While Judaism made me aware that everyone suffers, and Christianity taught me how to persevere through suffering, most of the time I really don’t suffer—I’m just uncomfortable. And the things that cause this discomfort are really kind of silly.
When my stomach starts growling only an hour after breakfast, for example, both faiths remind me to be grateful that at least I know when my next meal is coming. I appreciate that both religions share a tenet of gratefulness and appreciation for what we have over longing for what we don’t have.
The reality is, no religion will ever make complete sense to me. I’m sure all religions contain parts I either wouldn’t understand or would be greatly disturbed by. All religions have their easily likeable parts, and other parts not so much.
I’m not sure if viewing the Bible as inerrant is mostly an evangelical thing, or something that Christians of all stripes do—my entire Christian experience has been within the realm of evangelicalism. Judaism, on the other hand, gives us the Talmud, a collection of arguments and disagreements from scholars over ancient texts. Would they, like evangelicals, have called the Scriptures “perfect”? Perfectly imperfect, maybe. More than that, I’m not entirely certain that Judaism needs the texts to be perfect in order to consider them important, even sacred.
What exactly do Christians mean when they call the Bible “perfect”? How do they not feel the same stomach-churning that I do when reading the parts about genocide ordered by God, and laws about rape victims being forced to marry their assailants? Are those examples of “perfect” morality?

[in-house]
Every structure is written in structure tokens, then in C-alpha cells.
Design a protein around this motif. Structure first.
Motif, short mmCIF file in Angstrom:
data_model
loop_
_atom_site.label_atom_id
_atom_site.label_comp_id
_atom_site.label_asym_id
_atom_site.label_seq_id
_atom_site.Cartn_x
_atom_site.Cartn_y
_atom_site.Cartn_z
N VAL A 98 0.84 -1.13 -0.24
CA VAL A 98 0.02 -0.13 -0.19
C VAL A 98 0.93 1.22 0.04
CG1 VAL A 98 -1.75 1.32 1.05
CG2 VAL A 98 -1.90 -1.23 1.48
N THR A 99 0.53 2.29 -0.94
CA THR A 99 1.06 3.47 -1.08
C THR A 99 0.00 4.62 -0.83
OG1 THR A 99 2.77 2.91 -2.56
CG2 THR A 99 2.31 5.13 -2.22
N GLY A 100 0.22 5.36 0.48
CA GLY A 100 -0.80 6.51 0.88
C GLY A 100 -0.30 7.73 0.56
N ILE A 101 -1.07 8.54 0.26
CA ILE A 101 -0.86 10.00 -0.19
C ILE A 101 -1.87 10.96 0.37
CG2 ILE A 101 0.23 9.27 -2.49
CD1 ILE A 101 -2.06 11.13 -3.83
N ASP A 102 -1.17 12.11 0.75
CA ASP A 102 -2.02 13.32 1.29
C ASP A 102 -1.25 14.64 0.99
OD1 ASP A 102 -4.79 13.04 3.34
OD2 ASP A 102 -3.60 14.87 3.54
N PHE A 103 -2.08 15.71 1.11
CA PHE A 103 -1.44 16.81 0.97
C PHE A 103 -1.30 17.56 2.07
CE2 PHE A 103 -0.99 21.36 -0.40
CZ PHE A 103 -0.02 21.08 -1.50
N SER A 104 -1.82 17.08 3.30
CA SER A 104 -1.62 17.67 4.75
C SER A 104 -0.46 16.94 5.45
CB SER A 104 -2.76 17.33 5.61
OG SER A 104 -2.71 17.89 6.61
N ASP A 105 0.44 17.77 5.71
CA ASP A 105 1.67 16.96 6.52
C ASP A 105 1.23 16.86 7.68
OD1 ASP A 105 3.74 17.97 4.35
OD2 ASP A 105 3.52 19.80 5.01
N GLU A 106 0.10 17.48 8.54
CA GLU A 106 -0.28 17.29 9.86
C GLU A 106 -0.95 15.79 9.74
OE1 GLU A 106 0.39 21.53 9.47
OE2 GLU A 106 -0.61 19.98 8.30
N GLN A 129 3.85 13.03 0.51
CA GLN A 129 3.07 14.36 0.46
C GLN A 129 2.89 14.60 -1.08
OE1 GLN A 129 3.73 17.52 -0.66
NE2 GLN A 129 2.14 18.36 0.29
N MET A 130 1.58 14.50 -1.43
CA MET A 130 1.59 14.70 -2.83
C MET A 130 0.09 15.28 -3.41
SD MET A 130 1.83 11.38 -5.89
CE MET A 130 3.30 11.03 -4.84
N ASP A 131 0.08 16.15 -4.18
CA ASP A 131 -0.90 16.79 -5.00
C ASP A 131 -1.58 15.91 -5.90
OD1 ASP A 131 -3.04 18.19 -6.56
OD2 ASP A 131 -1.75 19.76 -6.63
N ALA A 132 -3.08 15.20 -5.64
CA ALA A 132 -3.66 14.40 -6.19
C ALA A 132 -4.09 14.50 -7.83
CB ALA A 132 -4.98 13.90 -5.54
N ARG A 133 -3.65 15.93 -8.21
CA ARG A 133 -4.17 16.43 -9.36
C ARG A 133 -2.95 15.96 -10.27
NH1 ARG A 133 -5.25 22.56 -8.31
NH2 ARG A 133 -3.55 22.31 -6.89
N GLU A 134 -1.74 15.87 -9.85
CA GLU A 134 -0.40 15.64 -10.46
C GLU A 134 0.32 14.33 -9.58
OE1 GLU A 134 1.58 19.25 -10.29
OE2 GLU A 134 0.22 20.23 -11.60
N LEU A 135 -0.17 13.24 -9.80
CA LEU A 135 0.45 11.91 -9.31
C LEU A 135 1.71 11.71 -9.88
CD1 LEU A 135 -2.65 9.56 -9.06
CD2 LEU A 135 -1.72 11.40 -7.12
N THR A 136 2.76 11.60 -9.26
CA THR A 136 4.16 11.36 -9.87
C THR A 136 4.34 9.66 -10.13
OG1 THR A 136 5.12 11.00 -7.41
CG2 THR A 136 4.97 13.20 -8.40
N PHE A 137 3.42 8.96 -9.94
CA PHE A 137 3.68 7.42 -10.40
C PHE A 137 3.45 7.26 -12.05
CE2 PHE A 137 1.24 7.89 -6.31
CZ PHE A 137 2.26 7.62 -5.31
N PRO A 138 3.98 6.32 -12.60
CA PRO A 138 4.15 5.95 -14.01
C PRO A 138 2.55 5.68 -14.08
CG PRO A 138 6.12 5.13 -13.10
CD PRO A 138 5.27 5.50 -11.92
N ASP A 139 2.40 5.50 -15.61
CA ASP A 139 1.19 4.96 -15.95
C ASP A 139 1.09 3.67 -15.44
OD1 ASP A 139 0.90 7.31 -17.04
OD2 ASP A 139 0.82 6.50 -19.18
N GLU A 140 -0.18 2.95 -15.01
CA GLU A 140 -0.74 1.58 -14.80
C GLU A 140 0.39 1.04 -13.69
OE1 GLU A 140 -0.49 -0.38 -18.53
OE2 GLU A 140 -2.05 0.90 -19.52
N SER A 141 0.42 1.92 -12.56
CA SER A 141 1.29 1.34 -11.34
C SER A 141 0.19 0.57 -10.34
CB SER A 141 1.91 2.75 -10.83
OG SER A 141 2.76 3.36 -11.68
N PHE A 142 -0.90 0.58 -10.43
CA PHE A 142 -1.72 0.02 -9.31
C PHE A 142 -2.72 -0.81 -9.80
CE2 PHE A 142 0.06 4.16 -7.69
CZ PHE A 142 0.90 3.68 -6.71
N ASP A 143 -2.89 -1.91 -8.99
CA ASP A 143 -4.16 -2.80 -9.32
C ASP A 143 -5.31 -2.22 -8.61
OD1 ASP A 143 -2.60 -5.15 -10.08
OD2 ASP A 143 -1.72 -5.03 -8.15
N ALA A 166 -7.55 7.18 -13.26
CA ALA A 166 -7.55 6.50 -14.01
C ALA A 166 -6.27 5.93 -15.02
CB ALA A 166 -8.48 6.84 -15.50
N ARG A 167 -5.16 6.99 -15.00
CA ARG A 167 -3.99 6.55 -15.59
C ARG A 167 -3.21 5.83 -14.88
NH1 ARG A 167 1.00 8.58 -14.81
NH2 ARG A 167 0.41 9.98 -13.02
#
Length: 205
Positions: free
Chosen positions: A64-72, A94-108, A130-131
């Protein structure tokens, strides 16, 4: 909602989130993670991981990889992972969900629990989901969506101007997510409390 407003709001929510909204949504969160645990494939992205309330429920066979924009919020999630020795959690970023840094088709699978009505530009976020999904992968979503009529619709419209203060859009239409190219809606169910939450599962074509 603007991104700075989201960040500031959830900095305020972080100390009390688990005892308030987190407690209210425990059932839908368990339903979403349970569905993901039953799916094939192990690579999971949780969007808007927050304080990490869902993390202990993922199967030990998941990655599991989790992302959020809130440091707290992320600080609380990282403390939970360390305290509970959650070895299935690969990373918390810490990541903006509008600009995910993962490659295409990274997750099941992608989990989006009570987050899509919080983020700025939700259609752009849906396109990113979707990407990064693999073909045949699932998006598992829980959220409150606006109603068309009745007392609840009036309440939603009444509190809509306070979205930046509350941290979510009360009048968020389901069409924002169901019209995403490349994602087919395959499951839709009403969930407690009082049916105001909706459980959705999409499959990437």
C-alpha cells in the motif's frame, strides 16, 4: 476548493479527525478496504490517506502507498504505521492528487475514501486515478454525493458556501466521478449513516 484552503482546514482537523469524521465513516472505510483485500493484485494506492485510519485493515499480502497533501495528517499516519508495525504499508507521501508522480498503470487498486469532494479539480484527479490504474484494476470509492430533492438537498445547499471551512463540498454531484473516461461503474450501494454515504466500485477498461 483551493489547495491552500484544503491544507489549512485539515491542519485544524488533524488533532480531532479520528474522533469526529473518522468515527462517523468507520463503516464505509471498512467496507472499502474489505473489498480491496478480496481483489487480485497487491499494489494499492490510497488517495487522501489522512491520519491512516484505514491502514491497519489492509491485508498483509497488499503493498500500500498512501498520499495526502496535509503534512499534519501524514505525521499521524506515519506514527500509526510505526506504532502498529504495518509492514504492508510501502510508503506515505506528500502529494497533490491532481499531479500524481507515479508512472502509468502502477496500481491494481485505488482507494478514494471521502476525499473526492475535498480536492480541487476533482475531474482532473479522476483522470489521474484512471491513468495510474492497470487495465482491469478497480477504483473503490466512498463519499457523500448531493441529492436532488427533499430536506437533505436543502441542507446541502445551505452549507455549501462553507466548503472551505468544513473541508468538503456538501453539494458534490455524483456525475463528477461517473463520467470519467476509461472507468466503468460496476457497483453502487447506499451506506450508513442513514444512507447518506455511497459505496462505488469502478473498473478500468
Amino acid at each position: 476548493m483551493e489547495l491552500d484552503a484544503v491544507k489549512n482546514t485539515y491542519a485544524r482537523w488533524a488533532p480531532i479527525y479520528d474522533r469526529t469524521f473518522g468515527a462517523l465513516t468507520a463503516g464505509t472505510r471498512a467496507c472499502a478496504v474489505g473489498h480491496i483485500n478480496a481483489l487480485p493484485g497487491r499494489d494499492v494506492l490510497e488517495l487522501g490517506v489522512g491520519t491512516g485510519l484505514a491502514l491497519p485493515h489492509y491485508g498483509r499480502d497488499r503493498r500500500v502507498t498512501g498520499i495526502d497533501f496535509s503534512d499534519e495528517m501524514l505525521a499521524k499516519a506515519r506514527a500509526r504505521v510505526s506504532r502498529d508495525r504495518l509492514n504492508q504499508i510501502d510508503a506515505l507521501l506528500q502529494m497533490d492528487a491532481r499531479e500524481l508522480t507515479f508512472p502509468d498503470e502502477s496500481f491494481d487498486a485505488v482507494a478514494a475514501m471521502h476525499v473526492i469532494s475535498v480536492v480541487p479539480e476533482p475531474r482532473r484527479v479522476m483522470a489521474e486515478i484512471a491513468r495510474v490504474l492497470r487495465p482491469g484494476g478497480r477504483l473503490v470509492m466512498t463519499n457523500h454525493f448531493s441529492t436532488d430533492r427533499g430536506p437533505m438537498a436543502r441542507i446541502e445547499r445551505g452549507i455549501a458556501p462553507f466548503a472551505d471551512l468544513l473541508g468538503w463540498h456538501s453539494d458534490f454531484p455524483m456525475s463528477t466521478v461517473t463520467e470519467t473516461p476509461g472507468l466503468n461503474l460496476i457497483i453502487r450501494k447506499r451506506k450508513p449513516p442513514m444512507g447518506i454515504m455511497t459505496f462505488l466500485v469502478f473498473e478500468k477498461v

Most people, religious and nonreligious alike, condemn rape and genocide. The “good guys” in the story who committed those crimes would no longer be good guys. How hard would it have been for God to add an additional, specific commandment: “Men, don’t rape or hit women. This is detestable”?
Actually, I wish that God had thought to add a few more commandments: “Treat homosexuals like human beings.” “Don’t bomb abortion clinics.” “Don’t try to turn America into a theocracy.” “Don’t tell your congregants how to vote.” “Don’t cry ‘persecution’ because someone disagreed with you on Twitter.” “Never use an evangelism tract in place of a tip.”
I know, I know. If I’m so smart, why don’t I be God? And if religion causes me so many problems, why not abandon it altogether?
Believe me, I’ve considered that last possibility. But religion speaks to my desire to be part of something bigger than myself. It speaks to the part of me that believes we are more than just accidents of nature. I’ve always believed there was some kind of higher being out there, and religion is the tool to try and know him.
There’s a great deal of ugliness in religious history, to be sure. But there are stories of great glory, too, as well as smaller, private moments of conviction that won’t convince skeptics en masse, but are enough to convince me. Faith, for me, is a lot like love: I couldn’t understand it until it happened to me.
Excerpted from Confessions of a Prodigal Daughter.